The City of Cape Town plans to revitalise parts of the CBD and announced on Sunday that The Strand Street Concourse will undergo a major refit.
Built in the early 1970’s, the concourse serves as an underground walkway that links Cape Town Station with St George’s Mall and the Golden Acre shopping centre. It sees more than 62 000 pedestrians per day, who make use of the space as an integral thoroughfare to the CBD, rather than a destination.
A foot count conducted during the feasibility stage of the upgrade project revealed that about 33% of pedestrian traffic occurred between the morning peak of 7am and 9am, and 43% in the afternoon peak between 4pm and 6pm.
According to Stuart Diamond, Mayoral Committee Member for Assets and Facilities Management, this indicates that pedestrians make use of the concourse to avoid heavy vehicular traffic. “They are able to move quickly without being hindered by traffic lights to get across the busy intersection”, he said. The concourse also offers protection from inclement weather conditions.
With the incorporation of commercial activities, the management of the concourse became fragmented, as its status gradually shifted to that of an informal mall. This led to the original purpose and functionality as a pedestrian thoroughfare being diminished over time. Eventually, this caused an overall collapse of a cohesive management system for the facility, which ultimately led to a decay of the infrastructure and deterioration of the lease management of commercial activities.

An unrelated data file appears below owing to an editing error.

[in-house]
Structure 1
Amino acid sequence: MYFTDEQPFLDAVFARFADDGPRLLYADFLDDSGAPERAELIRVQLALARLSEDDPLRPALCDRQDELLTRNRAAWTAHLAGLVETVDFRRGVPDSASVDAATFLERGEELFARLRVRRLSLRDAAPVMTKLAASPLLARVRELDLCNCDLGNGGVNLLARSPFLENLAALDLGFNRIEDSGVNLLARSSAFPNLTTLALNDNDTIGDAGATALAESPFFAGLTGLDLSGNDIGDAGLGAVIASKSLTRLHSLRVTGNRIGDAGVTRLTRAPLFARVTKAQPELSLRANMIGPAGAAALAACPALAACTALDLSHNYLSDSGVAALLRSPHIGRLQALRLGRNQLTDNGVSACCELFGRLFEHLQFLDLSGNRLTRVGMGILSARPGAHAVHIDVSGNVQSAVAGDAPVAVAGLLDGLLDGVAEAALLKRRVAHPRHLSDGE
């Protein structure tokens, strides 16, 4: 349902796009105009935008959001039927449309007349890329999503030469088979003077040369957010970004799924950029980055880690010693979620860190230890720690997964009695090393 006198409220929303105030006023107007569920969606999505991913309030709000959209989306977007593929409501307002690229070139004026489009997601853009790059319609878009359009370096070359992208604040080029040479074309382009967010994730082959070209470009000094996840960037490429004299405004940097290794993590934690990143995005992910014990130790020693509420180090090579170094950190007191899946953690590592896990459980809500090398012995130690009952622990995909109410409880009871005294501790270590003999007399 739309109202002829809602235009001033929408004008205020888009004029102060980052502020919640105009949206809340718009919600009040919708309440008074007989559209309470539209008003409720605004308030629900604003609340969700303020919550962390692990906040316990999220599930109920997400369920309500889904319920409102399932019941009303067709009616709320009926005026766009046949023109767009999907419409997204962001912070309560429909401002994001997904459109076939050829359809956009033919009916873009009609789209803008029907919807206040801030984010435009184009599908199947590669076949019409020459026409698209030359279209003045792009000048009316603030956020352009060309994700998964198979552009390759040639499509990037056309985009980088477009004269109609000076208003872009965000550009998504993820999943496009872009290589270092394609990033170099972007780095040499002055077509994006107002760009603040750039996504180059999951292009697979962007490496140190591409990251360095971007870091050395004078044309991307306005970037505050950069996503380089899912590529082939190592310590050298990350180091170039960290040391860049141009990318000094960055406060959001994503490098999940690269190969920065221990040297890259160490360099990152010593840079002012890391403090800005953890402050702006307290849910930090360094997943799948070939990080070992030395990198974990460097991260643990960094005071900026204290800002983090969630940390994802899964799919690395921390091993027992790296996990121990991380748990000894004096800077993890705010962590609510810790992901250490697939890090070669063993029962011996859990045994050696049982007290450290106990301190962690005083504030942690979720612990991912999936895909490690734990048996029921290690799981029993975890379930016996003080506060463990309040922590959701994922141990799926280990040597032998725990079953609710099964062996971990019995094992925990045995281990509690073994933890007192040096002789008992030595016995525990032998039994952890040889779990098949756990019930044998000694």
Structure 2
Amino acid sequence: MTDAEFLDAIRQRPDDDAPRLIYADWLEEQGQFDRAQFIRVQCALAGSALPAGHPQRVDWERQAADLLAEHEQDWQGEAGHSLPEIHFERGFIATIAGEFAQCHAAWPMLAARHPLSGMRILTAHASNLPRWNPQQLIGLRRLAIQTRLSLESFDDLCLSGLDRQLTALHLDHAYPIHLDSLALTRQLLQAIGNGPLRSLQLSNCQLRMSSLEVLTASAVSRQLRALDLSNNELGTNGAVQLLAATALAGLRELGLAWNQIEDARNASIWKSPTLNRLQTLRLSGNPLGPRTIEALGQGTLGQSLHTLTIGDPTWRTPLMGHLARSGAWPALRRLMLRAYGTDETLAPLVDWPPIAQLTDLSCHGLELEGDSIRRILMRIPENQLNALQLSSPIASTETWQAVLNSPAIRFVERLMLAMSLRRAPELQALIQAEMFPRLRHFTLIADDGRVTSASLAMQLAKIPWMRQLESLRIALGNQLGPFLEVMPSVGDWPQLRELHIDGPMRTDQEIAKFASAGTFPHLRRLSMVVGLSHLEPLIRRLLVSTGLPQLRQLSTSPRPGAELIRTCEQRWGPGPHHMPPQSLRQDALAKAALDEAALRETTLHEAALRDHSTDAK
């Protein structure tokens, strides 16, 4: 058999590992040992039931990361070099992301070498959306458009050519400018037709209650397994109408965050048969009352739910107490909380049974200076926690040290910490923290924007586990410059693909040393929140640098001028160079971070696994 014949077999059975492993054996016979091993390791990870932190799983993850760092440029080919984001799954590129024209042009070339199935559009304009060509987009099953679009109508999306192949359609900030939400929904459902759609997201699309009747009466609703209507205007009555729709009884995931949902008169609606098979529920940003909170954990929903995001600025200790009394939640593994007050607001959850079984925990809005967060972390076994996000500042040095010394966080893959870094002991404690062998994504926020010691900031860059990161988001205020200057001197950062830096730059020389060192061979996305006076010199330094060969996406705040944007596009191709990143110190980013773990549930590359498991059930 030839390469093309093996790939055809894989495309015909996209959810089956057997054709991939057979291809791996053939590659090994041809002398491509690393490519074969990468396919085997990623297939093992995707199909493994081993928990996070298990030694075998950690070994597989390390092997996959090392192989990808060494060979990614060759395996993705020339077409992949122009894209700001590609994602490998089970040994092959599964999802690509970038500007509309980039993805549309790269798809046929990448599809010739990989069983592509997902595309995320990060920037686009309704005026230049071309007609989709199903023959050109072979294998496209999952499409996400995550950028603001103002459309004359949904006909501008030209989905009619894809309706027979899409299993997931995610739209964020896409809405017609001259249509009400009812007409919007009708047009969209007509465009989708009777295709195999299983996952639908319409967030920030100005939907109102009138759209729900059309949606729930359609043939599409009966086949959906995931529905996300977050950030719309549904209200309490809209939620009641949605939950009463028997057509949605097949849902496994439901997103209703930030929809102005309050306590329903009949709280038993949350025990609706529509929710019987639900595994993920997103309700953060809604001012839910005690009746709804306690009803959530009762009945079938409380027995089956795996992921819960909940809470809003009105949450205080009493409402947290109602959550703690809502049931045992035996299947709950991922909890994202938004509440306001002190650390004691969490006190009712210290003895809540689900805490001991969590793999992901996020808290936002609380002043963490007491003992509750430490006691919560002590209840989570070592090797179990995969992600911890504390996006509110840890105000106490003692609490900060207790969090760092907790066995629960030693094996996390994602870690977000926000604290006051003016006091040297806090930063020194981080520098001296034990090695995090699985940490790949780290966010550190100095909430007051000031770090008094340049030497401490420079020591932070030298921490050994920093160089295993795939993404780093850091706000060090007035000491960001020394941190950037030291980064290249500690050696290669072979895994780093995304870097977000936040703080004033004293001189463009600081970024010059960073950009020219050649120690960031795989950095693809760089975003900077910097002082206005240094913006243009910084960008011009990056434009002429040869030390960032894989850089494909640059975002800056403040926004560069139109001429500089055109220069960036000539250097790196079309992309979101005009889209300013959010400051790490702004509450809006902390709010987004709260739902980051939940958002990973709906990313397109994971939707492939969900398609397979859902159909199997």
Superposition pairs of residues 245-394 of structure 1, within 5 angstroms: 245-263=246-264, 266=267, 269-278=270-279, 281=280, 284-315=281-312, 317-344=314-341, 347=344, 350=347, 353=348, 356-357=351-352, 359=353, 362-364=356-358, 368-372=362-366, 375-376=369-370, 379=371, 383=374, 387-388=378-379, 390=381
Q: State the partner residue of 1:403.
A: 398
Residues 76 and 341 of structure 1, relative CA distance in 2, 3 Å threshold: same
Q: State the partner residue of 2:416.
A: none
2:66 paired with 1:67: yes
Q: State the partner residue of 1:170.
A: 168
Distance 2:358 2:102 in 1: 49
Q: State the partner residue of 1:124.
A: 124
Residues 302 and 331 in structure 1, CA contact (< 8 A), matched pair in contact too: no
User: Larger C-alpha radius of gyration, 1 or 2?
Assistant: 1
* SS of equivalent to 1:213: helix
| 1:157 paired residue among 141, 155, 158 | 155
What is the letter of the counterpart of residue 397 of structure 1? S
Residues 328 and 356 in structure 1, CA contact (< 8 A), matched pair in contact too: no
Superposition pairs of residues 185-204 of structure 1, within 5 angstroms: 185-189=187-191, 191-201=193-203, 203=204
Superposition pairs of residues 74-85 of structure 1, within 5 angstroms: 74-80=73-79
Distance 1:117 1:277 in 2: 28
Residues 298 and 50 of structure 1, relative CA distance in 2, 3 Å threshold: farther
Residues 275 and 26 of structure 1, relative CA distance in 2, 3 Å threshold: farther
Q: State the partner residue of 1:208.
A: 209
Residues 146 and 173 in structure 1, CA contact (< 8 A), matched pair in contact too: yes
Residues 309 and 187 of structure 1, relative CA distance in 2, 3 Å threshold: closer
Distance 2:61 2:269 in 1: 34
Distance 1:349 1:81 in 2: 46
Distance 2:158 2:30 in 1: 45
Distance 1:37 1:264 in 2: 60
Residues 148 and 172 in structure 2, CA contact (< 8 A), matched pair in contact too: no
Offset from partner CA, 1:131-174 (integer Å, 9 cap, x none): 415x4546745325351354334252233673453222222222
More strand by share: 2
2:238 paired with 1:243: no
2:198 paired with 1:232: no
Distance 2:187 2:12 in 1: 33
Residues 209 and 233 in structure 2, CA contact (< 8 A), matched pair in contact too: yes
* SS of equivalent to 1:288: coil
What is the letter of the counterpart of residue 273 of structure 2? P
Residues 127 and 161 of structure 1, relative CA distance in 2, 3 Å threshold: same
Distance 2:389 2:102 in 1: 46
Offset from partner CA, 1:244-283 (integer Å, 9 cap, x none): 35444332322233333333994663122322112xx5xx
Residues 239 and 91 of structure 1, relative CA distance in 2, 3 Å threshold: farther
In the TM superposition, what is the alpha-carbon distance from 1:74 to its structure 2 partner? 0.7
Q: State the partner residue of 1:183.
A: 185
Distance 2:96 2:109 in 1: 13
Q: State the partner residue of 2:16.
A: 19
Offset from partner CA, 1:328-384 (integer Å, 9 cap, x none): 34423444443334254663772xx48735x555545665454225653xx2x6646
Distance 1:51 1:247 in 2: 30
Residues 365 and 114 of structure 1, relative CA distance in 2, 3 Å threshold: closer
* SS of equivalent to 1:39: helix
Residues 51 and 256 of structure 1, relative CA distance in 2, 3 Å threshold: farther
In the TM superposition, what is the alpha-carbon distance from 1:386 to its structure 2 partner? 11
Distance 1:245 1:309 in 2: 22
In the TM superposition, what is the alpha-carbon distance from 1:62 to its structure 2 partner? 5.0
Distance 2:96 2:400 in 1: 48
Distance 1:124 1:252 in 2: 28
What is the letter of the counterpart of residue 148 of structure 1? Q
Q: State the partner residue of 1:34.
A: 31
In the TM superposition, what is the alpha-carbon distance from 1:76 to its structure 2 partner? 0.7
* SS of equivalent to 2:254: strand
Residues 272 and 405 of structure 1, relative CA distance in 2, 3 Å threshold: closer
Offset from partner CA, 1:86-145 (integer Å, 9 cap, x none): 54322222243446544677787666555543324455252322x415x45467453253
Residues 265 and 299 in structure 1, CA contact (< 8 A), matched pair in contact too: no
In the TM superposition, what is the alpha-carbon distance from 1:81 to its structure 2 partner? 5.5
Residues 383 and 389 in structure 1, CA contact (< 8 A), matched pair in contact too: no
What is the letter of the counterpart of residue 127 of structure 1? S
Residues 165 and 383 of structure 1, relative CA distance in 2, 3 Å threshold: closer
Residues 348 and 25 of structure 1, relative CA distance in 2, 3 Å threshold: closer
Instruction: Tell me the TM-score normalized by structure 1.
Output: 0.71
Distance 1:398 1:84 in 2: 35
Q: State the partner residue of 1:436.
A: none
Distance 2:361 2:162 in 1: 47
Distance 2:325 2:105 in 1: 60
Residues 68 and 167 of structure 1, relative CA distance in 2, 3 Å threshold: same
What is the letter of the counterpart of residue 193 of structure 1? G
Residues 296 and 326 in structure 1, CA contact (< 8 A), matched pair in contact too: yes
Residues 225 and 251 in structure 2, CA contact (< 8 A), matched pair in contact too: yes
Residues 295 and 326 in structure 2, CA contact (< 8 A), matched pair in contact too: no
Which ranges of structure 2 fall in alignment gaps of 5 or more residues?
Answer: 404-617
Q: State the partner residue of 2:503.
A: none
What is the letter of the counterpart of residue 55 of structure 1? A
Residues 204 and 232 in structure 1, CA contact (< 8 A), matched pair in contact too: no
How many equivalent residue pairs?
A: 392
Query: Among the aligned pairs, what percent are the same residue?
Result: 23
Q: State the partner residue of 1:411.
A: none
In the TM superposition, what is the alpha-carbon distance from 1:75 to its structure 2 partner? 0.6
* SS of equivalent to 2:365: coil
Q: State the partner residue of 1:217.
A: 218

An example of this is the escalators that have been in a state of disrepair for many years and the fact that the concourse could not be closed after hours, which caused this once bustling public space to become a haven for anti-social behaviour.
Now the concourse will once again operate primarily as a walkway, but instead of focusing heavily on commercial activity, the space will be used for municipal purposes. Two municipal courts that are currently located in the City Hall will be rebuilt in the concourse, along with holding cells.”We’ll have some brand new cash offices for people to pay their fines once they have come out of the courts”, says Diamond. The municipal offices will stay open later to accommodate passerby after work. This approach comes off the recommendations of the feasibility study, while a shortage of office space in the Civic Centre resulted in the facility being earmarked for use as municipal office space.
Other upgrades to the space include brand new escalators, brand new shop fronts, tiling, ventilation, air conditioning, lighting and construction of a banking court to cater for ATMS of all major banks. The aim is to essentially create a space that people want to be in, says Diamond.
The project is in its final stages and will cost approximately R2.1 million. The finishing date is estimated as 23 July 2017.
Photography City of Cape Town